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Home / STIs / Genital Warts

Genital Warts

Get genital warts medication with an online prescription

Genital warts are one of the most common forms of sexually transmitted infections (STIs) in Europe. They are caused by the human papillomavirus (HPV) and are very infectious. They are small itchy bumps that appear on and around the anogenital area.

They are not curable, but outbreaks can be managed with treatment. Learn more about the cause, symptoms and treatments of genital warts.

Medically reviewed by
Dr. Plauto Filho Written by our editorial team
Last reviewed 31-08-2023

Available Treatment(s)

Condyline® 0.5% w/v cutaneous solution of podophyllotoxin, 3.5ml
Condyline 4.7(60 Reviews)
  • Easy-to-apply solution
  • Effectively controls outbreaks
  • Discreet and fast delivery
More Info
Package contains 12 sachets of Aldara 5% cream
Aldara 4.6(39 Reviews)
  • Effective treatment for genital warts
  • Quick and easy to use
  • 5% topical cream
More Info
Warticon® 3ml solution contains podophyllotoxin 0.5% (w/v)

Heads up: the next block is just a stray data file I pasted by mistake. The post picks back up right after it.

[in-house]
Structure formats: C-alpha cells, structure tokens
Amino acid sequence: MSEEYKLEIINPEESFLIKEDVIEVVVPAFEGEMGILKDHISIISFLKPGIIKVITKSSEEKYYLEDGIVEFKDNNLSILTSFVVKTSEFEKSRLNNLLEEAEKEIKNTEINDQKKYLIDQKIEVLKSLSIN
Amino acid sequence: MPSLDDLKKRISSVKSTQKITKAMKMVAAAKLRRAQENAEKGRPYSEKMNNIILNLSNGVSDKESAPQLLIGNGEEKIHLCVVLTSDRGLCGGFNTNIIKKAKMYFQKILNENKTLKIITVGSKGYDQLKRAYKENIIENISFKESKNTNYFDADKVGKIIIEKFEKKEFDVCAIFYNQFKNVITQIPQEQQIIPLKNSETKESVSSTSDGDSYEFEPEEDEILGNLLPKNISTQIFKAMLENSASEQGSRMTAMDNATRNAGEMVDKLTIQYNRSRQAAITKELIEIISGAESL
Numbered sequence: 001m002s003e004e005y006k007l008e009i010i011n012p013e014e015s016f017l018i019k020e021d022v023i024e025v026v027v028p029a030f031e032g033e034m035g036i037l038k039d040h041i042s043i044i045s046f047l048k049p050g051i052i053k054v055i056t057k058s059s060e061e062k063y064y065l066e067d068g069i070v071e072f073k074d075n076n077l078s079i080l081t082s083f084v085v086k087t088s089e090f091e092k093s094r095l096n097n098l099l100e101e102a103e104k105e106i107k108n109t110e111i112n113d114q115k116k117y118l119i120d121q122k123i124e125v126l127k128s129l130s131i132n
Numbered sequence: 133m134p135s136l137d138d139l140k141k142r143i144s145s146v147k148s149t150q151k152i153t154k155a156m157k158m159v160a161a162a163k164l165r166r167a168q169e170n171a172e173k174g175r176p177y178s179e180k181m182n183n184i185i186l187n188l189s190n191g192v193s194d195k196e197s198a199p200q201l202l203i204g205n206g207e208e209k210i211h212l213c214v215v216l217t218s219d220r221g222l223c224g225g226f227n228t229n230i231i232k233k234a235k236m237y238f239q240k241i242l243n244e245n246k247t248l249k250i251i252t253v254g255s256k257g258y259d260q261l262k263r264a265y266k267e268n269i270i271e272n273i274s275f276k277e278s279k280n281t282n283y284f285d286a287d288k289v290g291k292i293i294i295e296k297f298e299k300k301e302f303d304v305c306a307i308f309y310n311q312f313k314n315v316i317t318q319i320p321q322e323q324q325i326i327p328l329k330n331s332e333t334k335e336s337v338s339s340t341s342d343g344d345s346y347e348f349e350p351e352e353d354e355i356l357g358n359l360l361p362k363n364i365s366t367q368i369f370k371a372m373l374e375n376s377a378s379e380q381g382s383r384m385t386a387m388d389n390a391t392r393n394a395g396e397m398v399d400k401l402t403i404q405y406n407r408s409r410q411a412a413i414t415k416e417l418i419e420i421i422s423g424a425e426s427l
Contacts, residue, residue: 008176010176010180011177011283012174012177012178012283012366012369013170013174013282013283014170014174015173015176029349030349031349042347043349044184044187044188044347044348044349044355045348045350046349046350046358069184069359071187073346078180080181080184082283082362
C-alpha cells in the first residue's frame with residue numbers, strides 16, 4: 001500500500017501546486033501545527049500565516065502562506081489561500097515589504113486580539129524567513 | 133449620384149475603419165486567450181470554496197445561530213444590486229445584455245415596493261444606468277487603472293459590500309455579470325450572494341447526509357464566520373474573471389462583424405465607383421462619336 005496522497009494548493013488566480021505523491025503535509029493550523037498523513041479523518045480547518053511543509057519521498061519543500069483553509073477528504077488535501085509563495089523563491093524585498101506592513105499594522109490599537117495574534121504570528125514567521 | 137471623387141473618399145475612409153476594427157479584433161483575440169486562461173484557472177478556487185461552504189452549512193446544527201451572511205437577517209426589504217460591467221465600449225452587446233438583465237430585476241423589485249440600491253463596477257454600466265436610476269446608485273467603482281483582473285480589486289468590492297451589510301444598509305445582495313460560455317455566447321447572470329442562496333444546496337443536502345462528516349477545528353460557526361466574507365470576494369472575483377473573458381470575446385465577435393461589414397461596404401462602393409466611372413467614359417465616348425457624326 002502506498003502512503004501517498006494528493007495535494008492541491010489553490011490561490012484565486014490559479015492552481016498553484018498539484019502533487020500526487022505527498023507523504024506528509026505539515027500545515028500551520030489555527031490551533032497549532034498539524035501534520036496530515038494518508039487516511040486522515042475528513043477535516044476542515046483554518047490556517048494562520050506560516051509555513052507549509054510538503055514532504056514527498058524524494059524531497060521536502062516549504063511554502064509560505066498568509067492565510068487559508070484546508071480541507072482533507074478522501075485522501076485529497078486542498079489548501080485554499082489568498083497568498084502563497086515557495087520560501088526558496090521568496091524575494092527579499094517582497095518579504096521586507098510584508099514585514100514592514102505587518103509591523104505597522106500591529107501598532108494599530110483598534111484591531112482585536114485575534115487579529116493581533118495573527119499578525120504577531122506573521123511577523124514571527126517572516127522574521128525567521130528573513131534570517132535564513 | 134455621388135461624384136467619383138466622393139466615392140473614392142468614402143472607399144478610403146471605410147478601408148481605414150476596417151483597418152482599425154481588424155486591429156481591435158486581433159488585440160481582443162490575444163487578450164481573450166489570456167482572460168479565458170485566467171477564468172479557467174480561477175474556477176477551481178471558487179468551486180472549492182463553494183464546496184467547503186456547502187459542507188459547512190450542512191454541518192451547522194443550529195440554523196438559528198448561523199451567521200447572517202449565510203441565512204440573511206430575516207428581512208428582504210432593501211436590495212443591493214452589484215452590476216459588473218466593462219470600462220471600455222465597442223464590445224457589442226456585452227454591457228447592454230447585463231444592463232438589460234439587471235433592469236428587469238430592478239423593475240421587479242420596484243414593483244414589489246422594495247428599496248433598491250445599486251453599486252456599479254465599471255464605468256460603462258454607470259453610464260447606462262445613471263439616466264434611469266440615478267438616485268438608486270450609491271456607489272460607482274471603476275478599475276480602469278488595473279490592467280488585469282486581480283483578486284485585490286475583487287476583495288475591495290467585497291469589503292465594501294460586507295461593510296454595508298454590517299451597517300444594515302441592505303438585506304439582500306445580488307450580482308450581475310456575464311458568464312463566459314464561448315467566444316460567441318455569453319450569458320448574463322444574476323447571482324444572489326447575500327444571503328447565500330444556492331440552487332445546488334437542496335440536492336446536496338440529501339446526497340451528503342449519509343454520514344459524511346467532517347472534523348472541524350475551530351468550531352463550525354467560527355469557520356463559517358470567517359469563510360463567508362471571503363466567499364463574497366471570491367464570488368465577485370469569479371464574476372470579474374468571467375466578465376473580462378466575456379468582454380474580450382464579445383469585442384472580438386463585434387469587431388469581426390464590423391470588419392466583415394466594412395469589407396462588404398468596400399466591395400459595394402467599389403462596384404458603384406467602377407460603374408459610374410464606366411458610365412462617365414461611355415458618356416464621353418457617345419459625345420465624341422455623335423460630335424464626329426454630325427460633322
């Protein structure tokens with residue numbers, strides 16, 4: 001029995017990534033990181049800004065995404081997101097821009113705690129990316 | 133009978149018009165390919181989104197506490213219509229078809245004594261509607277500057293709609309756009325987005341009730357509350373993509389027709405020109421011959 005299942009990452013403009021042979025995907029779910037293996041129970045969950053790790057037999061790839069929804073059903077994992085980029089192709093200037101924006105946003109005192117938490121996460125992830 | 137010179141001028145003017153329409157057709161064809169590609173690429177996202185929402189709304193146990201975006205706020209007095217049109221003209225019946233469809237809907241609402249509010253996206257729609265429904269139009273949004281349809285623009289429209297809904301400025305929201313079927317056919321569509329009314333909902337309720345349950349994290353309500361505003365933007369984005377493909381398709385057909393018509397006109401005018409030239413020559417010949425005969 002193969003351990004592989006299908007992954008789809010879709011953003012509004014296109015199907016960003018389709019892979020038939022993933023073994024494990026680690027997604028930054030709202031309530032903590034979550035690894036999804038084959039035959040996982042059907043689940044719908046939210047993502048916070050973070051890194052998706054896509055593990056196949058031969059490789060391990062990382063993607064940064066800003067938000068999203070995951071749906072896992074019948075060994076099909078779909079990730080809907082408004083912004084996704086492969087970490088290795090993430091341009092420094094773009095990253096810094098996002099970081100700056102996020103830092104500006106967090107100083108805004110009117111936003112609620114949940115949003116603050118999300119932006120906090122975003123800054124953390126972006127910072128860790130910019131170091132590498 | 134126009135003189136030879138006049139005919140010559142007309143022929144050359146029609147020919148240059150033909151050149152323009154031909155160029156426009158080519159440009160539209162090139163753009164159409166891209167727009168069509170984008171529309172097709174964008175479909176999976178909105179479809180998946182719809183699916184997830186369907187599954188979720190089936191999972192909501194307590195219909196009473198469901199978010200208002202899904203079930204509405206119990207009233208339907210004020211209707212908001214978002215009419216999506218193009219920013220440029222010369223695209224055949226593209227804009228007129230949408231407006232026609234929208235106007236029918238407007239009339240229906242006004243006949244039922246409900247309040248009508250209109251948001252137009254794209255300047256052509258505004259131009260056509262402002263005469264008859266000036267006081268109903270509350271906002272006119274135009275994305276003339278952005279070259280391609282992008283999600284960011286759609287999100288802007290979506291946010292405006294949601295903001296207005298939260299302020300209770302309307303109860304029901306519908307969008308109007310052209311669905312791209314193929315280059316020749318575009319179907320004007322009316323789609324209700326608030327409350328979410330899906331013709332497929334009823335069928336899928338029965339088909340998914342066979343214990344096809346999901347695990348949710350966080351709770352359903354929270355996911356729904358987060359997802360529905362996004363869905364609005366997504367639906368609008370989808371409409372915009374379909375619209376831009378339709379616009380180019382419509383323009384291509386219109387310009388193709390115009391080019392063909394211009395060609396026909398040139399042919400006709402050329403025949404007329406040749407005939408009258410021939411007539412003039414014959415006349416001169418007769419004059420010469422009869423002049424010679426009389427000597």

Warticon 4.6(67 Reviews)
  • Fast-acting wart treatment
  • Quick and easy to apply
  • Delivered discreetly to your doorstep
More Info

What are genital warts?

Genital warts are a type of highly contagious viral STI (sexually transmitted infection). They are caused by HPV (human papillomavirus).

This highly contagious STI many across the globe. The prevalence varies with age, sex, ethnicity and sexual orientation. However, it is most prevalent in the 20 to 24-year-old age group.

Genital warts are spread through unprotected sexual contact, including vaginal, oral and anal sex. The warts themselves look like small growths of flesh, but can also be shaped like a cauliflower.

There are many ways to get rid of genital warts. However, for some, the virus may continue to live in the skin and can cause frequent outbreaks.

What causes genital warts?

Genital warts symptoms are caused by the virus human papillomavirus, more commonly known as HPV. It is a very common STI. It is estimated that 85-90% of sexually active men and women will have HPV at some point in their lives.